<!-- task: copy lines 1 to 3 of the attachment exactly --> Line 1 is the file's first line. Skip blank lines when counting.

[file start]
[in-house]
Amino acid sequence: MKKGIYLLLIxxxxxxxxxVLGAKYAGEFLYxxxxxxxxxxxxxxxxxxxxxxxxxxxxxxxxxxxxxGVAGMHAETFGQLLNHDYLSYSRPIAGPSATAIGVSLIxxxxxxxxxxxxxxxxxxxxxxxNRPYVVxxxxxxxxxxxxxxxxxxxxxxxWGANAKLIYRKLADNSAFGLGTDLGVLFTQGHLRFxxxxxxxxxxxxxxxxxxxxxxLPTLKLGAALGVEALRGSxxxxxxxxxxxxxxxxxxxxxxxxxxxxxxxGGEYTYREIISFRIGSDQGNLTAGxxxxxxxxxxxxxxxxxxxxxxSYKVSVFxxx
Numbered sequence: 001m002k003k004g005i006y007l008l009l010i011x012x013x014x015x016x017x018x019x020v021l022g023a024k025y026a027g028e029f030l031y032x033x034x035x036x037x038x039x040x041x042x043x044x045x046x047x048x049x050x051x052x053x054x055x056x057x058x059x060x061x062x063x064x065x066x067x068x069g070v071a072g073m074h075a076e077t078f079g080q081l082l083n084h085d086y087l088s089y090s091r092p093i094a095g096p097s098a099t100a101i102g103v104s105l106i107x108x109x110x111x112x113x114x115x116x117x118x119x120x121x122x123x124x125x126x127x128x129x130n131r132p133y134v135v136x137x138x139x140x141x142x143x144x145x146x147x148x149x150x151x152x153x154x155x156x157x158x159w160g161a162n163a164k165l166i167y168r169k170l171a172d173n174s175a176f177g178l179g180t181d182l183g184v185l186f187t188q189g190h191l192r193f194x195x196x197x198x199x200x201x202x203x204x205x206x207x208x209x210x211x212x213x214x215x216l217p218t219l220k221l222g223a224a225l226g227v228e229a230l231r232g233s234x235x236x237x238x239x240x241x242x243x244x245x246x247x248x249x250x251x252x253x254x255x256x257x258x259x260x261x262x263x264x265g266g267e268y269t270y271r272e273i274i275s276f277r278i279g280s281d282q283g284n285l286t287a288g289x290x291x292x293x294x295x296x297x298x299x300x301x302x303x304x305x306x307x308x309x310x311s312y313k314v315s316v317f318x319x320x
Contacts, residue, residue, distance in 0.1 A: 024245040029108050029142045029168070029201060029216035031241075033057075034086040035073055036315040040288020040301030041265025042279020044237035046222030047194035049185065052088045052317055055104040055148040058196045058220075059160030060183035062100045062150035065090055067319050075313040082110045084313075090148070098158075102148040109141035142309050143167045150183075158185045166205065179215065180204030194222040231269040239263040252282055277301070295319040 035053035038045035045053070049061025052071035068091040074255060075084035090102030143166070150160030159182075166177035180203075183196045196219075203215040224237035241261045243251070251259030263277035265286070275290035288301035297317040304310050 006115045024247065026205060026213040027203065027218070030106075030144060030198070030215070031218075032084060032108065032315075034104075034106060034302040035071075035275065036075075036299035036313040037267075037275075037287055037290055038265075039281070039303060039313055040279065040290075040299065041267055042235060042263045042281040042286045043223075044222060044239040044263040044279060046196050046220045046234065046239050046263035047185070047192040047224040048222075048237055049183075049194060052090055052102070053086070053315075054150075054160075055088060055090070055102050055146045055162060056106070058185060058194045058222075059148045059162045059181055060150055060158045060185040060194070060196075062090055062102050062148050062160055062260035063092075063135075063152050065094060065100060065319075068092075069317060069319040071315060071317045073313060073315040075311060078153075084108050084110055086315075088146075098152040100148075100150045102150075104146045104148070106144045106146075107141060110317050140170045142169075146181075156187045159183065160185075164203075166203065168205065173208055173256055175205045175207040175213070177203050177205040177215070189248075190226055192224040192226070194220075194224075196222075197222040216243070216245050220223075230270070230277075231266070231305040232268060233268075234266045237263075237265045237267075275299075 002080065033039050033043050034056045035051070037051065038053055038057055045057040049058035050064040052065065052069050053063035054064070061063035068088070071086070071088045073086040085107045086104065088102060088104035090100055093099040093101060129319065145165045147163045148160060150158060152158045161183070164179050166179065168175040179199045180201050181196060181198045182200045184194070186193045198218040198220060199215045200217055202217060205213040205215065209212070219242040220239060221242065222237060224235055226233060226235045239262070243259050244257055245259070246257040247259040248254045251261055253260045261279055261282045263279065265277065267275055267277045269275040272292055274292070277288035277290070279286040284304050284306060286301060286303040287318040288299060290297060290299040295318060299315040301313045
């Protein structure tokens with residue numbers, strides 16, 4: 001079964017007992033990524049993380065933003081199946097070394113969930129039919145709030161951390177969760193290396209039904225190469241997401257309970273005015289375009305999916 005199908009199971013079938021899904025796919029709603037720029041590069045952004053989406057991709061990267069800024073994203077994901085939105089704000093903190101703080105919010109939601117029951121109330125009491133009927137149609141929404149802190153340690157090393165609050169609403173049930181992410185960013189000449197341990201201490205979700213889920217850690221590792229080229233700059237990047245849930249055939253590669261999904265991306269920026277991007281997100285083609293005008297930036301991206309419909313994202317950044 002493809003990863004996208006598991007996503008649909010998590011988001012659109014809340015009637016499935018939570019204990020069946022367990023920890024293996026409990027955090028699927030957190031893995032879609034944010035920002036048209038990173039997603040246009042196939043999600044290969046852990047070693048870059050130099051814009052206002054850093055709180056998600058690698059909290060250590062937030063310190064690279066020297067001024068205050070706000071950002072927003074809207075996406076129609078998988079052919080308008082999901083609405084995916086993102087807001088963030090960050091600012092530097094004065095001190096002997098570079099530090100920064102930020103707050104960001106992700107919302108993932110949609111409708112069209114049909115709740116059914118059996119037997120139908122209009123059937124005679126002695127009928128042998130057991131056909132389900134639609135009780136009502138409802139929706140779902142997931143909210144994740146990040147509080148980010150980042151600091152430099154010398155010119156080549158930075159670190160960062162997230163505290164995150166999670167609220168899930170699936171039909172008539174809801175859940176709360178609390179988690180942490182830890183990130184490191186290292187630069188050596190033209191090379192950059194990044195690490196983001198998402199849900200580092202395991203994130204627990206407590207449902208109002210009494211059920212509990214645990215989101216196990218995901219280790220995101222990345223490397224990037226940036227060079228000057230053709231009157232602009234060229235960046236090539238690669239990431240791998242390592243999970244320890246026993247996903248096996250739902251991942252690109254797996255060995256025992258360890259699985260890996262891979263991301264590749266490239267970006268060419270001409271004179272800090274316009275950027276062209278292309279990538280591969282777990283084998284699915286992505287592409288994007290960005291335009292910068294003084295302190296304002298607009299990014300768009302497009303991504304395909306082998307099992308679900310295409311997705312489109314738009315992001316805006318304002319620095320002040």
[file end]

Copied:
[in-house]
Amino acid sequence: MKKGIYLLLIxxxxxxxxxVLGAKYAGEFLYxxxxxxxxxxxxxxxxxxxxxxxxxxxxxxxxxxxxxGVAGMHAETFGQLLNHDYLSYSRPIAGPSATAIGVSLIxxxxxxxxxxxxxxxxxxxxxxxNRPYVVxxxxxxxxxxxxxxxxxxxxxxxWGANAKLIYRKLADNSAFGLGTDLGVLFTQGHLRFxxxxxxxxxxxxxxxxxxxxxxLPTLKLGAALGVEALRGSxxxxxxxxxxxxxxxxxxxxxxxxxxxxxxxGGEYTYREIISFRIGSDQGNLTAGxxxxxxxxxxxxxxxxxxxxxxSYKVSVFxxx
Numbered sequence: 001m002k003k004g005i006y007l008l009l010i011x012x013x014x015x016x017x018x019x020v021l022g023a024k025y026a027g028e029f030l031y032x033x034x035x036x037x038x039x040x041x042x043x044x045x046x047x048x049x050x051x052x053x054x055x056x057x058x059x060x061x062x063x064x065x066x067x068x069g070v071a072g073m074h075a076e077t078f079g080q081l082l083n084h085d086y087l088s089y090s091r092p093i094a095g096p097s098a099t100a101i102g103v104s105l106i107x108x109x110x111x112x113x114x115x116x117x118x119x120x121x122x123x124x125x126x127x128x129x130n131r132p133y134v135v136x137x138x139x140x141x142x143x144x145x146x147x148x149x150x151x152x153x154x155x156x157x158x159w160g161a162n163a164k165l166i167y168r169k170l171a172d173n174s175a176f177g178l179g180t181d182l183g184v185l186f187t188q189g190h191l192r193f194x195x196x197x198x199x200x201x202x203x204x205x206x207x208x209x210x211x212x213x214x215x216l217p218t219l220k221l222g223a224a225l226g227v228e229a230l231r232g233s234x235x236x237x238x239x240x241x242x243x244x245x246x247x248x249x250x251x252x253x254x255x256x257x258x259x260x261x262x263x264x265g266g267e268y269t270y271r272e273i274i275s276f277r278i279g280s281d282q283g284n285l286t287a288g289x290x291x292x293x294x295x296x297x298x299x300x301x302x303x304x305x306x307x308x309x310x311s312y313k314v315s316v317f318x319x320x